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date: 28 February 2020

Abstract and Keywords

In light of new research on print culture and media history, the 1820s—once considered an age of superficiality, conservatism, and mediocrity—are emerging as a key moment of experimentation and innovation at the interface of Romanticism and modernity. The era abounds in periodicals and literary magazines, non-traditional stage performances and spectacles, popular novels and serialized fiction, and curious hybrids of prose, poetry, drama, fiction, and non-fiction. The chapter argues that a recurring contrast between theatricality and authenticity characterizes these forms of expression, as do themes of spectatorship and speculation. The 1820s may be redefined and reinterpreted as an ‘age of information’ as well as an ‘age-in-formation’, a time when literature thematizes and reflects on rapid changes in the conditions of communication and in the relationship between writers and readers.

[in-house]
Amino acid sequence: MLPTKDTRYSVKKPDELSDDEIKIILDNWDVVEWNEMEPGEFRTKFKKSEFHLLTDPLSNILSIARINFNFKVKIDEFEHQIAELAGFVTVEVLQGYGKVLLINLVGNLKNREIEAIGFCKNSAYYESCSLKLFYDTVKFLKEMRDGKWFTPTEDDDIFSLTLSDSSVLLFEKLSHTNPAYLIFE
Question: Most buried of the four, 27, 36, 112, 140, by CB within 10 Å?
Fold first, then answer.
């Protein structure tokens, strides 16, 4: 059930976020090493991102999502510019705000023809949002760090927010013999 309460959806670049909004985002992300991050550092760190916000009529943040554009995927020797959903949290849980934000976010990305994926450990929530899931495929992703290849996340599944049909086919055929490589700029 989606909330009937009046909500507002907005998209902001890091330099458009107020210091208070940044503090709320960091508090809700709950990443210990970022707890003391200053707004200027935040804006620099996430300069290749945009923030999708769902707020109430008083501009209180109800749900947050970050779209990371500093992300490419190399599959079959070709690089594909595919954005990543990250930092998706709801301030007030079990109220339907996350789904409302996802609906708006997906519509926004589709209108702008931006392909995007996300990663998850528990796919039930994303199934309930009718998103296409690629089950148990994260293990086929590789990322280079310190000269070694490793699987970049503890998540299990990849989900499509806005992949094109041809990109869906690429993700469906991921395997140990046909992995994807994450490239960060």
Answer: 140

Keywords: print culture, material culture, media history, authenticity, theatricality, speculation, periodicals, celebrity

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